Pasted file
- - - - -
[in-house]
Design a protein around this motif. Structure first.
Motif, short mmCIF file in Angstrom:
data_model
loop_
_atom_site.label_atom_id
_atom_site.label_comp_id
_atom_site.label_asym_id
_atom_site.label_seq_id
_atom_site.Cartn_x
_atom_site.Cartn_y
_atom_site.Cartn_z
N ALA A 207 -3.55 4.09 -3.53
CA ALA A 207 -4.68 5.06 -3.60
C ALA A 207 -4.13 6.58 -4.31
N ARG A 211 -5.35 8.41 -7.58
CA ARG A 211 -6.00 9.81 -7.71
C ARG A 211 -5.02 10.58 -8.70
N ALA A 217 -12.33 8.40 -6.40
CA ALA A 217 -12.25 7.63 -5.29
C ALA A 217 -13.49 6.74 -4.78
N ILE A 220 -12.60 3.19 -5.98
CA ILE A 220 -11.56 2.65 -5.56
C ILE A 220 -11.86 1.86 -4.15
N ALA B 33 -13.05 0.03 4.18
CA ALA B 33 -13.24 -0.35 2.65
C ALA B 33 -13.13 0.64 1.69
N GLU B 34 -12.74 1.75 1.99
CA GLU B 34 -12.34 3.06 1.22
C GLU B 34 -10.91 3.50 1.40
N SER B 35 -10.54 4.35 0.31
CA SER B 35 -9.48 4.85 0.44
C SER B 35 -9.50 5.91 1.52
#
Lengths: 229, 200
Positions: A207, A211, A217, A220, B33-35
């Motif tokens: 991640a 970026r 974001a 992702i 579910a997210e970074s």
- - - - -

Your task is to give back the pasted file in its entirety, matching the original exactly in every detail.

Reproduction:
[in-house]
Design a protein around this motif. Structure first.
Motif, short mmCIF file in Angstrom:
data_model
loop_
_atom_site.label_atom_id
_atom_site.label_comp_id
_atom_site.label_asym_id
_atom_site.label_seq_id
_atom_site.Cartn_x
_atom_site.Cartn_y
_atom_site.Cartn_z
N ALA A 207 -3.55 4.09 -3.53
CA ALA A 207 -4.68 5.06 -3.60
C ALA A 207 -4.13 6.58 -4.31
N ARG A 211 -5.35 8.41 -7.58
CA ARG A 211 -6.00 9.81 -7.71
C ARG A 211 -5.02 10.58 -8.70
N ALA A 217 -12.33 8.40 -6.40
CA ALA A 217 -12.25 7.63 -5.29
C ALA A 217 -13.49 6.74 -4.78
N ILE A 220 -12.60 3.19 -5.98
CA ILE A 220 -11.56 2.65 -5.56
C ILE A 220 -11.86 1.86 -4.15
N ALA B 33 -13.05 0.03 4.18
CA ALA B 33 -13.24 -0.35 2.65
C ALA B 33 -13.13 0.64 1.69
N GLU B 34 -12.74 1.75 1.99
CA GLU B 34 -12.34 3.06 1.22
C GLU B 34 -10.91 3.50 1.40
N SER B 35 -10.54 4.35 0.31
CA SER B 35 -9.48 4.85 0.44
C SER B 35 -9.50 5.91 1.52
#
Lengths: 229, 200
Positions: A207, A211, A217, A220, B33-35
């Motif tokens: 991640a 970026r 974001a 992702i 579910a997210e970074s």